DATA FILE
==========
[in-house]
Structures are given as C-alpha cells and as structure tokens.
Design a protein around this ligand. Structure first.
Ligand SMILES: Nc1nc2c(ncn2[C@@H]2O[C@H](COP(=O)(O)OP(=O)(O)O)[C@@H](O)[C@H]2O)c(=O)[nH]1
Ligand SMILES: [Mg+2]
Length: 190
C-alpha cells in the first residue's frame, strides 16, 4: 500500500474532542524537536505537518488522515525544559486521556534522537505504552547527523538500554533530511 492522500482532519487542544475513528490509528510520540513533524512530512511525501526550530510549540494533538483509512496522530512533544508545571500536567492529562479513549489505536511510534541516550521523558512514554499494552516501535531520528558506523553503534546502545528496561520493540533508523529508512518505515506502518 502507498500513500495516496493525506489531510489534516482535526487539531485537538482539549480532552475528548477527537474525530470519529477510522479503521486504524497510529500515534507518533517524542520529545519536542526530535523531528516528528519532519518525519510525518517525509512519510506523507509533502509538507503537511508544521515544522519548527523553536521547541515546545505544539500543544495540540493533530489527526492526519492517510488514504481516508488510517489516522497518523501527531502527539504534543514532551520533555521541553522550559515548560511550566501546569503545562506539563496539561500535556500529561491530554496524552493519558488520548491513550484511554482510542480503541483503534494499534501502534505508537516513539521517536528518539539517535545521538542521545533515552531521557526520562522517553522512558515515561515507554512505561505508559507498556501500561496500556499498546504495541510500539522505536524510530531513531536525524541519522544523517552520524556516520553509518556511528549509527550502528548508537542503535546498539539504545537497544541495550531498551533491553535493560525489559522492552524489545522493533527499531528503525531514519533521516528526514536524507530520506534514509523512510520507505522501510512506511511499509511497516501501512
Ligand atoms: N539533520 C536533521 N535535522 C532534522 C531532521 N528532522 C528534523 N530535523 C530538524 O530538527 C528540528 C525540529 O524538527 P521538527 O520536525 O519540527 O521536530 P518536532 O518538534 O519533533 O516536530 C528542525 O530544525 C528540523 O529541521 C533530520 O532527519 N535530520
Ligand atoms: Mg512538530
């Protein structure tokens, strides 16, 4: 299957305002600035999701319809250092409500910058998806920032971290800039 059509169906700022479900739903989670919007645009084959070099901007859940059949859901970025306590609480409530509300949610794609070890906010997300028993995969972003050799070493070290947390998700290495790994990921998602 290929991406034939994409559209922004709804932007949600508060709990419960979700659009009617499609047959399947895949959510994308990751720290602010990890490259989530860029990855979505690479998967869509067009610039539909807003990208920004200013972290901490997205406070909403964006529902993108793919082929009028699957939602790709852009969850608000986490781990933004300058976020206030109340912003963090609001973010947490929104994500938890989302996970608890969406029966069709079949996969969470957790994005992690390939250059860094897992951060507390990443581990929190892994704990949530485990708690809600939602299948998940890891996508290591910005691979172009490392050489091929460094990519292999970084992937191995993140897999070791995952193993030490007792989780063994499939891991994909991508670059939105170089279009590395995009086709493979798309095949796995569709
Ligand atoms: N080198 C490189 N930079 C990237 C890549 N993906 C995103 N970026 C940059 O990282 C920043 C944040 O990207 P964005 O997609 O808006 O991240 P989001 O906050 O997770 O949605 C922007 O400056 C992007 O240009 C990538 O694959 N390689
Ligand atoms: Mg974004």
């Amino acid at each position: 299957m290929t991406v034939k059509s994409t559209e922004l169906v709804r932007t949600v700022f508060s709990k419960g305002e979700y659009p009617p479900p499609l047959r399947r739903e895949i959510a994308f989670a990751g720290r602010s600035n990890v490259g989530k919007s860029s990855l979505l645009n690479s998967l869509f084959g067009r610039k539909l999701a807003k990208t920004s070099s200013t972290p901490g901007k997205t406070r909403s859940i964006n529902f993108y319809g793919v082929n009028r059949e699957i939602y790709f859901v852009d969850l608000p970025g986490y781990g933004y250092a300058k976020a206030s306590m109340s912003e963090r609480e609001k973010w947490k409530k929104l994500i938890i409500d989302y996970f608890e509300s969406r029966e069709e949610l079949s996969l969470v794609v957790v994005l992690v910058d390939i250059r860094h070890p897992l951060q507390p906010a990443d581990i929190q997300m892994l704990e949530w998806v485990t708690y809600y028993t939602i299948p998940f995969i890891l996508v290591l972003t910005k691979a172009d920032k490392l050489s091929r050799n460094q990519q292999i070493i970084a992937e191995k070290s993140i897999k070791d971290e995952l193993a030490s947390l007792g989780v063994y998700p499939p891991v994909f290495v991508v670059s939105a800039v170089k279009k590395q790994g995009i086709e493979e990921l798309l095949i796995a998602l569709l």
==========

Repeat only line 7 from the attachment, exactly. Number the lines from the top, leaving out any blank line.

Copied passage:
C-alpha cells in the first residue's frame, strides 16, 4: 500500500474532542524537536505537518488522515525544559486521556534522537505504552547527523538500554533530511 492522500482532519487542544475513528490509528510520540513533524512530512511525501526550530510549540494533538483509512496522530512533544508545571500536567492529562479513549489505536511510534541516550521523558512514554499494552516501535531520528558506523553503534546502545528496561520493540533508523529508512518505515506502518 502507498500513500495516496493525506489531510489534516482535526487539531485537538482539549480532552475528548477527537474525530470519529477510522479503521486504524497510529500515534507518533517524542520529545519536542526530535523531528516528528519532519518525519510525518517525509512519510506523507509533502509538507503537511508544521515544522519548527523553536521547541515546545505544539500543544495540540493533530489527526492526519492517510488514504481516508488510517489516522497518523501527531502527539504534543514532551520533555521541553522550559515548560511550566501546569503545562506539563496539561500535556500529561491530554496524552493519558488520548491513550484511554482510542480503541483503534494499534501502534505508537516513539521517536528518539539517535545521538542521545533515552531521557526520562522517553522512558515515561515507554512505561505508559507498556501500561496500556499498546504495541510500539522505536524510530531513531536525524541519522544523517552520524556516520553509518556511528549509527550502528548508537542503535546498539539504545537497544541495550531498551533491553535493560525489559522492552524489545522493533527499531528503525531514519533521516528526514536524507530520506534514509523512510520507505522501510512506511511499509511497516501501512